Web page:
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The Second Civil War
1997 - R - Mins.
Director: Joe Dante, Mac Ahlberg
Producer: Guy Reidel, Barry Levinson
Starring: Beau Bridges, Joanna Cassidy, James Coburn, Kevin Dunn, Phil Hartman
Review by: John Ulmer
   
Political satires are interesting films, and they can sometimes be especially good. "Wag the Dog," with Robert De Niro and Dustin Hoffman, is one of the best political satires in decades, and "The Second Civil War," though not nearly as smart as the former, is pretty darn funny in its own right, and -- if you can find it on TV or home video -- you'll probably find yourself smiling at it.

I hadn't expected too much sitting down to watch "The Second Civil War." I had never heard of it before, and my TV guide didn't give it an especially favorable review. But it is a surprisingly good TV film.

"Since when was the country run by a soap opera?" asks US President Phil Hartman in the deliciously dark political satire "The Second Civil War." Star-studded and laugh-packed, the film may seem like mediocre fodder at first, but you'll soon find yourself getting caught up in the mild genius and clever wit of it all. Yes, the film is a public TV production, but that does not reflect its position as a film.

The plot: Orphans from Pakistan are being immigrated to Idaho, but the Governor of Idaho doesn't like this idea one little bit, so he closes the border of Idaho and refuses to permit any Pakistanis into his state. This causes problems, of course, and immediately news and media from around the world start to monitor the entire situation in anticipation of something dreadful to happen.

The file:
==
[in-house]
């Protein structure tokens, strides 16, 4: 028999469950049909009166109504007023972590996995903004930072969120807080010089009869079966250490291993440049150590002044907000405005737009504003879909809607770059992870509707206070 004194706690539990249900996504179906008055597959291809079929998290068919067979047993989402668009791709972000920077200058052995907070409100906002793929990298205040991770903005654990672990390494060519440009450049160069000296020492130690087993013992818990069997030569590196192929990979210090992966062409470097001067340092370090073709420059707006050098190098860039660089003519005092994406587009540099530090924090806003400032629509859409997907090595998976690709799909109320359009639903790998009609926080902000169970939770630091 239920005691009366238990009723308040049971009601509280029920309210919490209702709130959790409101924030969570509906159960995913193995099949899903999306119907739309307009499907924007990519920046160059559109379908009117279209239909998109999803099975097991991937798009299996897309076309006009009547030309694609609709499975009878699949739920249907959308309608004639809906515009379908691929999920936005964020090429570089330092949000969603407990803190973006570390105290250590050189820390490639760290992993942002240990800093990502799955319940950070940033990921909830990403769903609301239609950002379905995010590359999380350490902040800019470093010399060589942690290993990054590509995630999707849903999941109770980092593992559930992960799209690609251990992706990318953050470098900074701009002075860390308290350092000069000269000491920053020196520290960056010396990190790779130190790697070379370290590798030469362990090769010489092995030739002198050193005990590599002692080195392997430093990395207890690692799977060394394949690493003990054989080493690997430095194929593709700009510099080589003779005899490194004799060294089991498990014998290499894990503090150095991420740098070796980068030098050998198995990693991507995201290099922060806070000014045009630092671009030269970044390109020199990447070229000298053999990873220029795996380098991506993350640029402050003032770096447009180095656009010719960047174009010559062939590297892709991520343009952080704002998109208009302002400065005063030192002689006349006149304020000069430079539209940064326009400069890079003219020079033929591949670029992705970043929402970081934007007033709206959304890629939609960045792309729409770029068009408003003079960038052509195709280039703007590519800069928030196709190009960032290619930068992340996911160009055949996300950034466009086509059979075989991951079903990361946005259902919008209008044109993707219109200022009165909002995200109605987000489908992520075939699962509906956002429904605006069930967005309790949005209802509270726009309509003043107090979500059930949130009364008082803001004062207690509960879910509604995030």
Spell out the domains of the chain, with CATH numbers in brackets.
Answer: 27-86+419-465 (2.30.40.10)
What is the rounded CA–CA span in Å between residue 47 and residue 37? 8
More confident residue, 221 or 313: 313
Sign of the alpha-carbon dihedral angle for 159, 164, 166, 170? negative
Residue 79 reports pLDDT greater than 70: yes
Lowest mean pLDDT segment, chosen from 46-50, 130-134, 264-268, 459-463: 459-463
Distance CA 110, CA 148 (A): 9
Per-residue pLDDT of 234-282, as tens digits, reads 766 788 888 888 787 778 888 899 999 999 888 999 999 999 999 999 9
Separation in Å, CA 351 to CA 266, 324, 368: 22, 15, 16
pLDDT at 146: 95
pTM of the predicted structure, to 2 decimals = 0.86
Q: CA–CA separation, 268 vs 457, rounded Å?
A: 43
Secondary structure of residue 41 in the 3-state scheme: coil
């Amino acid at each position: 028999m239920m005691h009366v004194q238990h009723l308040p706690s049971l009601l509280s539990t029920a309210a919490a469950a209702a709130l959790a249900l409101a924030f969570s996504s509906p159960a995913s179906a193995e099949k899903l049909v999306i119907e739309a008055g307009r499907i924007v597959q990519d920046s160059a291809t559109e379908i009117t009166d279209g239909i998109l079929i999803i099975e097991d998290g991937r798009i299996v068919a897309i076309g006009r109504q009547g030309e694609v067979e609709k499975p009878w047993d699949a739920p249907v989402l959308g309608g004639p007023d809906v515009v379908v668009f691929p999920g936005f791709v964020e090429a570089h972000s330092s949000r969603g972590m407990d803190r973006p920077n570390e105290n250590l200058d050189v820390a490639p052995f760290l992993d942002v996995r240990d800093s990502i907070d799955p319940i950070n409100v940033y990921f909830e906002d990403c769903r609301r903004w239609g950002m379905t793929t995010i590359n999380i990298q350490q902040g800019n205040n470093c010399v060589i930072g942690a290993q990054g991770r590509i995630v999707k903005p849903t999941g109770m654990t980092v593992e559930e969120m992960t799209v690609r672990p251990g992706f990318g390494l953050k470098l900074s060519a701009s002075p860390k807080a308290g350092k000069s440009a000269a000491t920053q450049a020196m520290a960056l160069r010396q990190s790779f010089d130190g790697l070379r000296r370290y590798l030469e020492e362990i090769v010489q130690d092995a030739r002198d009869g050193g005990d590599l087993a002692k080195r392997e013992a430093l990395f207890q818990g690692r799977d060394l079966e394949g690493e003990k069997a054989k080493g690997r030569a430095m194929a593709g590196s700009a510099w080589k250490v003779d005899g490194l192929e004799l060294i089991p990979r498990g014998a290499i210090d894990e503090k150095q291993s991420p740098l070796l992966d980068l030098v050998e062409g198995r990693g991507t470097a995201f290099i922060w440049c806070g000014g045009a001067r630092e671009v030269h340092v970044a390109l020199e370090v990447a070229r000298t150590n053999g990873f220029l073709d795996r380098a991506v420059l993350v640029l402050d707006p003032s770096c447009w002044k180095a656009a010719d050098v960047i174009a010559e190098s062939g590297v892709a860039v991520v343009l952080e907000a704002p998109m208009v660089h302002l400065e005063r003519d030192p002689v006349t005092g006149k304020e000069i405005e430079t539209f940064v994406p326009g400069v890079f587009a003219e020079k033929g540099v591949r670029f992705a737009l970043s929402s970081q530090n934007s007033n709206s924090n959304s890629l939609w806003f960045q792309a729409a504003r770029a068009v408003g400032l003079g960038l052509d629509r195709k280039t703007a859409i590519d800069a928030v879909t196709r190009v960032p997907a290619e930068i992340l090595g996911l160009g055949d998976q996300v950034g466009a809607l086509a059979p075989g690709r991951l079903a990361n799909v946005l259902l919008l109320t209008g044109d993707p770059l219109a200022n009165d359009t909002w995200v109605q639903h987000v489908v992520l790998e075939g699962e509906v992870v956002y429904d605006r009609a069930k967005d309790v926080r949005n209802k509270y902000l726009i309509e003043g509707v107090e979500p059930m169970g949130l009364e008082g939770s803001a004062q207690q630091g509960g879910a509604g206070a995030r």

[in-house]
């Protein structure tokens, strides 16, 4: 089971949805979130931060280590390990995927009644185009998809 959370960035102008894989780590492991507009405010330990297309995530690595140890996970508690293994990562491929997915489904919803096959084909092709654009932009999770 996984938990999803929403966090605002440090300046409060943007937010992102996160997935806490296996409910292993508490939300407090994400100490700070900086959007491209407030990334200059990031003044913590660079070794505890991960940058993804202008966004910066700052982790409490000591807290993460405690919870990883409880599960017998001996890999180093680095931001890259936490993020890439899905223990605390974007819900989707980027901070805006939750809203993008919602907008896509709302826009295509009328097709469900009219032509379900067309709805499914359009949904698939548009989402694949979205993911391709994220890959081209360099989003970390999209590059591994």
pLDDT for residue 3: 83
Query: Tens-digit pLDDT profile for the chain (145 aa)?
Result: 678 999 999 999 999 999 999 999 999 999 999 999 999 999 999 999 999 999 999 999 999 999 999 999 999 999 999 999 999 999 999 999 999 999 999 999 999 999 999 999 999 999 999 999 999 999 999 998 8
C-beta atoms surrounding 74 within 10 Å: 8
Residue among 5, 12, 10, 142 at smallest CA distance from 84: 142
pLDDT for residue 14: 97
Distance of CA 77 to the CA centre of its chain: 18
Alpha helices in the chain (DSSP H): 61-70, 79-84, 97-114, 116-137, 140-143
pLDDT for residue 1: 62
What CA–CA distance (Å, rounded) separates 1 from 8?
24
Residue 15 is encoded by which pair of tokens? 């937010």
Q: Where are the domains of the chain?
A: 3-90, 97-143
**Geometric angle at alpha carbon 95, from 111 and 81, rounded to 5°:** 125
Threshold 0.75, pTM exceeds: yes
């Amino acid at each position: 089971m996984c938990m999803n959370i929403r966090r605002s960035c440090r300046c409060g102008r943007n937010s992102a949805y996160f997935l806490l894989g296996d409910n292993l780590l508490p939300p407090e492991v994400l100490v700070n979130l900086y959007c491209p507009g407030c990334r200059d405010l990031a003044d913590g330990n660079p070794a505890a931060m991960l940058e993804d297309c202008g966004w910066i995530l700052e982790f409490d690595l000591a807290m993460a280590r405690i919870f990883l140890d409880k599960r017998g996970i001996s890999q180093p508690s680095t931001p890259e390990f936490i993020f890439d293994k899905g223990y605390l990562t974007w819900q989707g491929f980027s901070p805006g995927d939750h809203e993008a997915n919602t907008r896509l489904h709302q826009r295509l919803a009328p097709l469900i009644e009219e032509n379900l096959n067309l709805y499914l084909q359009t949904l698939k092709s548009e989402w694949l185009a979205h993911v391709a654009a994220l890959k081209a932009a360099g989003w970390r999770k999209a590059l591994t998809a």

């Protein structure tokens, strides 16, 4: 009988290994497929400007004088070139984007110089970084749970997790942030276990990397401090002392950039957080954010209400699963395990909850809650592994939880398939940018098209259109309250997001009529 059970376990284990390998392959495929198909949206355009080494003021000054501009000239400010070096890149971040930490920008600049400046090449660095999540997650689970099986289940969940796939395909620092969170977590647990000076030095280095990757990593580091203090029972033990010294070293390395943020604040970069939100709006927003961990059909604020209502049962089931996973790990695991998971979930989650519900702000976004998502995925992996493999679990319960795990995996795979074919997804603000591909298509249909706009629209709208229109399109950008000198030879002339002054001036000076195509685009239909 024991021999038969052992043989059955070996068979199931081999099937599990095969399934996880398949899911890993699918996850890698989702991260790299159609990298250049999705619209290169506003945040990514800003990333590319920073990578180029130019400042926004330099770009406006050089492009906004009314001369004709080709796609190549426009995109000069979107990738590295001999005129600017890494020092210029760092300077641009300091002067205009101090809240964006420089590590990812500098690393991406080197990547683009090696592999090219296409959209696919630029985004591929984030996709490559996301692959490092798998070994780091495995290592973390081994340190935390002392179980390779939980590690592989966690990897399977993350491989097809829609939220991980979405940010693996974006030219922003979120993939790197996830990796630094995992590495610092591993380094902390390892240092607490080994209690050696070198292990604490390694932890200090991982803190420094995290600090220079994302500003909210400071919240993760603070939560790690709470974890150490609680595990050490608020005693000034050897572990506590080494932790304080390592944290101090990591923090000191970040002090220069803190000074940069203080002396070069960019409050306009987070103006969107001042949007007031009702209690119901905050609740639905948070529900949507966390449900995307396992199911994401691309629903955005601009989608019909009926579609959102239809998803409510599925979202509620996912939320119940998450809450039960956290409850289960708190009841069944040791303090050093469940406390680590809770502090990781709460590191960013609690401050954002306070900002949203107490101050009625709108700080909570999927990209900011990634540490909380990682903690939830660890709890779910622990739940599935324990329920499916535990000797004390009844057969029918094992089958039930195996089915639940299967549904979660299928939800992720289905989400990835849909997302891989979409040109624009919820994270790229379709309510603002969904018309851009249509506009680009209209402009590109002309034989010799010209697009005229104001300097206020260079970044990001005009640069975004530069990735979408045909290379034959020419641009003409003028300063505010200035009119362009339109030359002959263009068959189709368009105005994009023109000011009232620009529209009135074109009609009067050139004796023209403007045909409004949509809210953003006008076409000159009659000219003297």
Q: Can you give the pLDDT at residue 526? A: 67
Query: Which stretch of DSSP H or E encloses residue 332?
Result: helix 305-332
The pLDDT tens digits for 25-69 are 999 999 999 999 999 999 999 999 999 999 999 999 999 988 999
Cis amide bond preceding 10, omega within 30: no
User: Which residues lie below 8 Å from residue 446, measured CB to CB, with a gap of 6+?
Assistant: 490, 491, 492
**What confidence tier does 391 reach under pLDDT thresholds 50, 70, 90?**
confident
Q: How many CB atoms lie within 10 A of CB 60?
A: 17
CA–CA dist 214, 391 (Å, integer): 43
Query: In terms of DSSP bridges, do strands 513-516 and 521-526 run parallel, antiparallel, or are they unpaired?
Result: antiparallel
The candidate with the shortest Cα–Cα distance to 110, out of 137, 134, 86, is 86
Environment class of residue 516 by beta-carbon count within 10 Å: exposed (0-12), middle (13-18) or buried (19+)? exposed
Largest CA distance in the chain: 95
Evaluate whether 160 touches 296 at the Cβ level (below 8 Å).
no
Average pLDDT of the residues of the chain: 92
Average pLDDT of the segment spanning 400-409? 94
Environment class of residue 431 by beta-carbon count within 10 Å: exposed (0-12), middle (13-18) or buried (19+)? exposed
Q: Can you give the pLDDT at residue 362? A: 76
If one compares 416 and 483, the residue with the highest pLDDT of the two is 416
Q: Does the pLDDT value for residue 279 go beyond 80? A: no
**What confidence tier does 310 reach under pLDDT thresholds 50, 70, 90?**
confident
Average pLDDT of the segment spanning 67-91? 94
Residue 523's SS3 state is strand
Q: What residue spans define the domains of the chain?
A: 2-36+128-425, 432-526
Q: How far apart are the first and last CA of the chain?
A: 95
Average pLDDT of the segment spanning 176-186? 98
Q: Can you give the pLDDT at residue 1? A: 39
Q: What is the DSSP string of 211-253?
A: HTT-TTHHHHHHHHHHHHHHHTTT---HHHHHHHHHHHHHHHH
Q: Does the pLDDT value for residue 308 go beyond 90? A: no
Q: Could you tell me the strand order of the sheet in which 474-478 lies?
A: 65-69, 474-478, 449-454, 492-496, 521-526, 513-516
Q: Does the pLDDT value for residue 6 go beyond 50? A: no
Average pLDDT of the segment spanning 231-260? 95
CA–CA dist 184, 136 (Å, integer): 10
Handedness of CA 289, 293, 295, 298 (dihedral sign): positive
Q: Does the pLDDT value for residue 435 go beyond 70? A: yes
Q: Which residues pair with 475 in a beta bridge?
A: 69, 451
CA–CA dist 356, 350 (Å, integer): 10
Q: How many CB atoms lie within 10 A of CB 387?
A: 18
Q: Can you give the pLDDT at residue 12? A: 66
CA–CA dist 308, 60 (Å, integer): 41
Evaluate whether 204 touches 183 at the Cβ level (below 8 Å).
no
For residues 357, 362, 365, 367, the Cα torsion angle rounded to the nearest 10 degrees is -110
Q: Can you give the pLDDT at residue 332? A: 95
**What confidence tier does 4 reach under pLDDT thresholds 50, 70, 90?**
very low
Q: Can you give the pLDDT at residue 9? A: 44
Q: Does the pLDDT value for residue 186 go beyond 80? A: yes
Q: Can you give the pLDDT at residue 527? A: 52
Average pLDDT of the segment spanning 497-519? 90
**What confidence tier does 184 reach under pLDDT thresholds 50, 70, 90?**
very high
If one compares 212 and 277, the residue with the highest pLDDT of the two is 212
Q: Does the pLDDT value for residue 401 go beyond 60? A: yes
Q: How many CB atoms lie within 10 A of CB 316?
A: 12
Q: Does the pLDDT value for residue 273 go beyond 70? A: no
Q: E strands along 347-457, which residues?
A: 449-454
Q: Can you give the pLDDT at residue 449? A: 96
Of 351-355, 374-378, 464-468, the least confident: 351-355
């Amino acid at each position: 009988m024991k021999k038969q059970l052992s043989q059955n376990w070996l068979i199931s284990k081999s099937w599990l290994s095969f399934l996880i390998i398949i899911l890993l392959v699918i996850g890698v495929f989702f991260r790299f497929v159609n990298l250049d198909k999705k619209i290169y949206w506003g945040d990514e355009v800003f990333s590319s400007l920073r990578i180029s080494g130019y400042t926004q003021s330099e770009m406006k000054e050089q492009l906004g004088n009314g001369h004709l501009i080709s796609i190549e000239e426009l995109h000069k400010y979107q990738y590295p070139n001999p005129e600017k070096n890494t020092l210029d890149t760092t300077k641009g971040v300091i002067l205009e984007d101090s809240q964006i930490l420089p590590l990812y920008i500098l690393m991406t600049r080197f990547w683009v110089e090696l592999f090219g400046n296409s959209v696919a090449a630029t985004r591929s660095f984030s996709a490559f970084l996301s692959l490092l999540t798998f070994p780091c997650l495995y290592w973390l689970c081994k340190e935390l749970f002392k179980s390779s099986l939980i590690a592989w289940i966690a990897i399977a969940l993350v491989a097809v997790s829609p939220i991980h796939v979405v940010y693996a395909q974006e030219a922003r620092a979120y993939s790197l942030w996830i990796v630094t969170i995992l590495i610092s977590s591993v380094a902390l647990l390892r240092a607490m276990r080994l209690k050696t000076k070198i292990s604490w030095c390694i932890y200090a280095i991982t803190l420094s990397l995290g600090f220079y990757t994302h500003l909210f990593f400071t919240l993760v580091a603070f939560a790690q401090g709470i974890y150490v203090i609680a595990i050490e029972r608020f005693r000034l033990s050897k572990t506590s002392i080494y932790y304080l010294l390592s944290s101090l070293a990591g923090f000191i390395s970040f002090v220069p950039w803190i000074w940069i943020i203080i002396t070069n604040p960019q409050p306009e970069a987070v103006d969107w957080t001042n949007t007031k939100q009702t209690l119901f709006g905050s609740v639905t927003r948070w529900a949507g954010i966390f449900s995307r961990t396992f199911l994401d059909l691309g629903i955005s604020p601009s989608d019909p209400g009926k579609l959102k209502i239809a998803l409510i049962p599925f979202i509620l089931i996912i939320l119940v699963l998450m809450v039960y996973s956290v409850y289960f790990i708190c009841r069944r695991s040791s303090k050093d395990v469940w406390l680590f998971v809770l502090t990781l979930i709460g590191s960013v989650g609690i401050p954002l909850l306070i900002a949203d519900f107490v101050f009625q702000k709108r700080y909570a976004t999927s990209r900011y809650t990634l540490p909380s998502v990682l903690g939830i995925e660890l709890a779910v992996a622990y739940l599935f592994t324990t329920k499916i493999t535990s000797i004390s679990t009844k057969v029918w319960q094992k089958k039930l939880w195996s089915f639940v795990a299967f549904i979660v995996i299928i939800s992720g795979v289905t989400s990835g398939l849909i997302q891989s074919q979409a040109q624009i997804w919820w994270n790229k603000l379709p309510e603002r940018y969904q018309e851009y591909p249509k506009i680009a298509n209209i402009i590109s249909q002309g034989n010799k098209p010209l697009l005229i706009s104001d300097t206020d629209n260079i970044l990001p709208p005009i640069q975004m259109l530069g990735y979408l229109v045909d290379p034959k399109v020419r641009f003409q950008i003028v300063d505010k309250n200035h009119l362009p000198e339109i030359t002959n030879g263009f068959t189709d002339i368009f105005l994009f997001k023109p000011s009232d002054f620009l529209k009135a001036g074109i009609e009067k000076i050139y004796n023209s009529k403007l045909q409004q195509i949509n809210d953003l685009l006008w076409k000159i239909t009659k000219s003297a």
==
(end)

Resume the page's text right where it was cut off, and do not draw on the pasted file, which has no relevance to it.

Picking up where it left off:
The US President, played by Phil Hartman, likes Dwight D. Eisenhower, but lacks the smarts to be President -- he covers behind the image of an all together man and quotes Eisenhower in speeches. He shifts his nationwide announcements so that they do not interfere with soap operas. His advisor reminds him that women got mad last time he did that.

Idaho threatens to separate from the United States of America, and "The Second Civil War" is essentially a satire of the political scene and the newspeople surrounding it. "Boys, it looks like Idaho is going to war," says news anchorman Denis Leary. "I smell another emmy."

Anticipating Idaho's separation from the USA, the President and his staff make a last ditch effort to save their country by placing the Pakistanis in the middle of the battle. But this only makes matters worse.

Dennis Leary ("The Ref") is funny, but other great actors include Dan Hedaya ("The Addams Family"), Beau Bridges, James Earl Jones and James Coburn, to name a few of the A-list cast members. They all play pivotal roles in the plot, and when the film gets them in lengthy word fights it is at its best.

To top it all off, the film is directed by Joe Dante, who has brought Gremlins and werewolfs to life in the past. Dante is great at making imaginations come to life -- his kiddy action film "Small Soldiers" was even fun to sit through. Like Robert Zemeckis, Dante uses film as a medium for wit and imagination. He's made some great films. Here is another one.
 
Movie Guru Rating
An excellent film.  Among the best in its Genre.  Worth seeing in the Theater. An excellent film.  Among the best in its Genre.  Worth seeing in the Theater. An excellent film.  Among the best in its Genre.  Worth seeing in the Theater. An excellent film.  Among the best in its Genre.  Worth seeing in the Theater.
  4 out of 5 stars

 
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